“Very well. Of course, if you think it wrong to leave her in ignorance about it, you must tell her. I myself see no reason for your mentioning the fact, unless you choose to. You are a mature and independent woman: she is old and childish. The relation between you is really reversed. You are the mother, and she the child. Suppose she had become a writer when you were a little girl: would it have been her duty to tell you of it?” replied Mr. Allen.
“I don’t care! I shall tell her! I never have kept the least thing from her yet, and I don’t believe I ever will,” said Mercy. “You’ll never make me think it’s right, Mr. Allen. What a good Jesuit you’d have made, wouldn’t you?”
Mr. Allen colored. “Oh, child, how unjust you are!” he exclaimed. “But it must be all my stupid way of putting things. One of these days, you’ll see it all differently.”
And she did. Firm as were her resolutions to tell her mother every thing, she could not find courage to tell her about the verses and the price paid for them. Again and again she had approached the subject, and had been frightened back,—sometimes by her own unconquerable dislike to speaking of her poetry; sometimes, as in the instance above, by an outbreak on her mother’s part of indignation at the bare suggestion of her earning money. After that conversation, Mercy resolved within herself to postpone the day of the revelation, until there should be more to tell and more to show.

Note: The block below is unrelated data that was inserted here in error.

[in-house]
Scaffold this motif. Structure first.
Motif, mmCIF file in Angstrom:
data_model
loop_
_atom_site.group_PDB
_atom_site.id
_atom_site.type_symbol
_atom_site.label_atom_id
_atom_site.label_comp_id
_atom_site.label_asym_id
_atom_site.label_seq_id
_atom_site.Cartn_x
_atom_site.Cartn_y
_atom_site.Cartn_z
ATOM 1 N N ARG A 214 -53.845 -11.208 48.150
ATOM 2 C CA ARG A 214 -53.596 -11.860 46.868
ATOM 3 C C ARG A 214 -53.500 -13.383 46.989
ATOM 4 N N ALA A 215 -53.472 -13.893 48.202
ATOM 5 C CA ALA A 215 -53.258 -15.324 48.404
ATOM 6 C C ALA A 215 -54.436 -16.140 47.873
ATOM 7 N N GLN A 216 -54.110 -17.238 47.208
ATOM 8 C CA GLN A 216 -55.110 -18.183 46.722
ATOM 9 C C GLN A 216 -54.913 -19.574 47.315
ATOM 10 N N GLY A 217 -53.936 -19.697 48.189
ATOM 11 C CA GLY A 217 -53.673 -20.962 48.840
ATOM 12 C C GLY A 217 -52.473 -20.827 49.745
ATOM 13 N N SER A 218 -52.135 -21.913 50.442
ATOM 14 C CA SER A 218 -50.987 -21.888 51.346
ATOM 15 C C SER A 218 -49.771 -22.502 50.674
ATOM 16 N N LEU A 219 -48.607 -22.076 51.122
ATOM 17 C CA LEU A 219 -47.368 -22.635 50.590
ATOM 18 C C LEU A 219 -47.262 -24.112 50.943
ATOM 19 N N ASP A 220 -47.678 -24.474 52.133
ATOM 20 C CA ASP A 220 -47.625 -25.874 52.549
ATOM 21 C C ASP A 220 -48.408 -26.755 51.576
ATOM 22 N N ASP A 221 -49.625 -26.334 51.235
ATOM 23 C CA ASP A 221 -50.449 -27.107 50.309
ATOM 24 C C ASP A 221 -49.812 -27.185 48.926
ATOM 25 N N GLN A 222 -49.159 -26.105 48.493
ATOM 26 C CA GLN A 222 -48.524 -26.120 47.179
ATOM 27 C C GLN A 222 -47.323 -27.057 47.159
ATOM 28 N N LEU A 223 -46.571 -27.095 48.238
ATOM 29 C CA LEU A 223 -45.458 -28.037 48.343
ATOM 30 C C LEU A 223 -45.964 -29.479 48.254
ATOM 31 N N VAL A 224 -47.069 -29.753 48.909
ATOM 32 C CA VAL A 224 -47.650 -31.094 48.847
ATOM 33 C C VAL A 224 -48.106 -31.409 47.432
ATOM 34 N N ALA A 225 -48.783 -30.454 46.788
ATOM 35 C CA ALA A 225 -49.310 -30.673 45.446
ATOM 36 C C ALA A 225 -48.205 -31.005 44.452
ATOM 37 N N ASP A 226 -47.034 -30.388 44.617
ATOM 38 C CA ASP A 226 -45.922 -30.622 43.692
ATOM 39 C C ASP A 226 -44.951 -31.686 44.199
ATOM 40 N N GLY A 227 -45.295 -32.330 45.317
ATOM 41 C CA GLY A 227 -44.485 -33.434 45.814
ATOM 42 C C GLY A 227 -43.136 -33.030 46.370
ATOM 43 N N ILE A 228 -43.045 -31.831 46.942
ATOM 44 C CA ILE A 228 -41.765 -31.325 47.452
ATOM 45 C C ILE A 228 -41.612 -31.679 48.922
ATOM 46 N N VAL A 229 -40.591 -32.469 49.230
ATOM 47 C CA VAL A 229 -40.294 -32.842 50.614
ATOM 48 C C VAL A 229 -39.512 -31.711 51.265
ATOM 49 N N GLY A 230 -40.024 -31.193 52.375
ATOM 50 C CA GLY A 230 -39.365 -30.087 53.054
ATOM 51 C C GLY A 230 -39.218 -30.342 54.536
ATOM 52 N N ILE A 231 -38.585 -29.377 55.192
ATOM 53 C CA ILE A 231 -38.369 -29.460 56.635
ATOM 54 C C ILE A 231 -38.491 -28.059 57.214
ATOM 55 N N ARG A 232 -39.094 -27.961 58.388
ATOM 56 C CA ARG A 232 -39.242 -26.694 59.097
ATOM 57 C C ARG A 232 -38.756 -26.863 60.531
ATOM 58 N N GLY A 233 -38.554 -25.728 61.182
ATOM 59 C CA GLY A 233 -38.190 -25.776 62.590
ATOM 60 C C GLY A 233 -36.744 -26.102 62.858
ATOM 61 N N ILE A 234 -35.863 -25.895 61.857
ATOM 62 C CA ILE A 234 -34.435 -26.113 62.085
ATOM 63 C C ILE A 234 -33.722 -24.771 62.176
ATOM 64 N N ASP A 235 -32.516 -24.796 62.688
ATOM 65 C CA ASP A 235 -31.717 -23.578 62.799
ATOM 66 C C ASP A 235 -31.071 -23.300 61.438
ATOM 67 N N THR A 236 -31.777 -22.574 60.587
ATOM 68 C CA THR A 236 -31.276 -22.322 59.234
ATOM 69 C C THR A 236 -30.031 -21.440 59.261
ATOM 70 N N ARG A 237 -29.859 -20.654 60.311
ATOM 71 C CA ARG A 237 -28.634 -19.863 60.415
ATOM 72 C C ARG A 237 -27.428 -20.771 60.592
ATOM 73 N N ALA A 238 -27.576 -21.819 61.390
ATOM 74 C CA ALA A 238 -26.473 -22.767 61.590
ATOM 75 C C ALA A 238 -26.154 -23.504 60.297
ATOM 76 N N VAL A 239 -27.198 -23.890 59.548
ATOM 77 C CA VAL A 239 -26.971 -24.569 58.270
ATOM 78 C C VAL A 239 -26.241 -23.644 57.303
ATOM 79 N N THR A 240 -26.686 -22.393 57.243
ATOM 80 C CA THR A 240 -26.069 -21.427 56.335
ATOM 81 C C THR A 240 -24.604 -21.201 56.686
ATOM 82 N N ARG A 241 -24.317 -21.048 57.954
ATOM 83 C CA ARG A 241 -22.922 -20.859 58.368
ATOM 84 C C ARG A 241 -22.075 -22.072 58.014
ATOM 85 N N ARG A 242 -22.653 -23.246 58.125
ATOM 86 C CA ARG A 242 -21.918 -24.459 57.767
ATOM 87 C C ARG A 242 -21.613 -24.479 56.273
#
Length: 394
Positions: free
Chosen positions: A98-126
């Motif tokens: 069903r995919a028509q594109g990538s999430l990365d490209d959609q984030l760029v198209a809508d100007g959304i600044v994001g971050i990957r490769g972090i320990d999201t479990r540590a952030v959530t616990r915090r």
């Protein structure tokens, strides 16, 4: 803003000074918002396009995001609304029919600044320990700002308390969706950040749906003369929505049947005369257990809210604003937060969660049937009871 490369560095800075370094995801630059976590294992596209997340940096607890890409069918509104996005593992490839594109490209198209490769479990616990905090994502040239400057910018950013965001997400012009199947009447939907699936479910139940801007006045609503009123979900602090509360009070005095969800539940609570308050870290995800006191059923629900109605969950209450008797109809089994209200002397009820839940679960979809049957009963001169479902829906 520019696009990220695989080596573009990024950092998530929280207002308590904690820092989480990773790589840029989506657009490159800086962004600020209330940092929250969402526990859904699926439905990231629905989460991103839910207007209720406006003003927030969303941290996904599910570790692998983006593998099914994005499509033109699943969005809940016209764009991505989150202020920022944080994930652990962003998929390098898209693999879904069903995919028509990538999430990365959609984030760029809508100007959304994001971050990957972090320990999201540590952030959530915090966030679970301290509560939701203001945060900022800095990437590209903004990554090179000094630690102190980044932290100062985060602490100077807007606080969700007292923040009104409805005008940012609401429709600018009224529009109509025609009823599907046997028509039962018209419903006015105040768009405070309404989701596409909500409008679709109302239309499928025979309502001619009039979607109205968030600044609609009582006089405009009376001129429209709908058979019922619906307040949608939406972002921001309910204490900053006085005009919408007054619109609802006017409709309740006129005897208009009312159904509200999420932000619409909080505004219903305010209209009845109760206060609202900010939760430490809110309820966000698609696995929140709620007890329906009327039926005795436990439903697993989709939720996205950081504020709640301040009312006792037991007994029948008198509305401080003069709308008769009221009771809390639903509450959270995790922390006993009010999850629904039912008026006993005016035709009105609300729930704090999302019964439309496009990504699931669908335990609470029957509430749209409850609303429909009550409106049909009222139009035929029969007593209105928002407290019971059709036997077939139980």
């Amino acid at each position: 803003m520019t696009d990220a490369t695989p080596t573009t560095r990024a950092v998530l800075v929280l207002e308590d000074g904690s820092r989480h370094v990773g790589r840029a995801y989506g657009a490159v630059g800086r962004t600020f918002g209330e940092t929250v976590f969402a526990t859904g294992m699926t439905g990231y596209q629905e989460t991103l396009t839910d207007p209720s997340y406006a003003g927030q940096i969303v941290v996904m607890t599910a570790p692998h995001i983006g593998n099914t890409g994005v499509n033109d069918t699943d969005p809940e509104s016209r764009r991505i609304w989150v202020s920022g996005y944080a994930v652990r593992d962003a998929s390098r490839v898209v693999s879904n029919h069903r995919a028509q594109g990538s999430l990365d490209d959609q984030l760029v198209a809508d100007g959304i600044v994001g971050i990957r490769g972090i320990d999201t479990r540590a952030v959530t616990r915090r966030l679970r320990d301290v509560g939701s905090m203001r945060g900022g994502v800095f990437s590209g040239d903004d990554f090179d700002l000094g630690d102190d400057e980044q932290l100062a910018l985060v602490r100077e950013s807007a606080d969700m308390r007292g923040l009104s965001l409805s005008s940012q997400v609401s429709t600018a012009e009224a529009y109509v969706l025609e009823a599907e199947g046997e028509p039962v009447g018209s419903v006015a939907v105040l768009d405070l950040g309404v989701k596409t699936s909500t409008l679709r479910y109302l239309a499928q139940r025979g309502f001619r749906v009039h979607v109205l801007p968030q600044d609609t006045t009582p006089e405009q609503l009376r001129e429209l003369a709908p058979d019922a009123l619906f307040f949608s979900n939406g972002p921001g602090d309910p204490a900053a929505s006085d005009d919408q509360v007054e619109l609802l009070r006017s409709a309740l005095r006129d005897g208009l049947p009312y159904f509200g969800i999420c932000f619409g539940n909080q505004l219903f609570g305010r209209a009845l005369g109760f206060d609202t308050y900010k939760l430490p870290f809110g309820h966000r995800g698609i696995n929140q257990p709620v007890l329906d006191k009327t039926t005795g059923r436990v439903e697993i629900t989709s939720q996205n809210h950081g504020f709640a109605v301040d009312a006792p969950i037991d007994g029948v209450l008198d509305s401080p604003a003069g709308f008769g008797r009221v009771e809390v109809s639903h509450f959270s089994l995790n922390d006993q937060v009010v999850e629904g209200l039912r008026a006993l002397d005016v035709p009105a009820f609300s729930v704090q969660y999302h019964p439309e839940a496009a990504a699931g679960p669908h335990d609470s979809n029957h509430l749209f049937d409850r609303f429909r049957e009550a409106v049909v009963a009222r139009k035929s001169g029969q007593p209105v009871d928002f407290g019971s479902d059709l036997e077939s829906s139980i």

“If ever I have a hundred dollars, I’ll tell her then,” she thought. “So much money as that would make it seem better to her. And I will have a good many verses by that time to read to her.” And so the secret grew bigger and heavier, and yet Mercy grew more used to carrying it, until she herself began to doubt whether Mr. Allen were not right, after all; and if it would not be a pity to trouble the feeble old heart with a needless perplexity and pain.
When Stephen White saw his new tenants’ first preparations for moving into his house, he was conscious of a strangely mingled feeling, half irritation, and half delight. Four weeks had passed since the unlucky evening on which he had taken Mercy to his mother’s room, and he had not seen her face again. He had called at the hotel twice, but had found only Mrs. Carr at home. Mercy had sent a messenger with only a verbal message, when she wished the key of the house.
She had an undefined feeling that she would not come into any relation with Stephen White, if it could be avoided. She was heartily glad that she had not been in the house when he called. And yet, had she been in the habit of watching her own mental states, she would have discovered that Stephen White was very much in her thoughts; that she had come to wondering why she never met him in her walks; and, what was still more significant, to mistaking other men for him, at a distance. This is one of the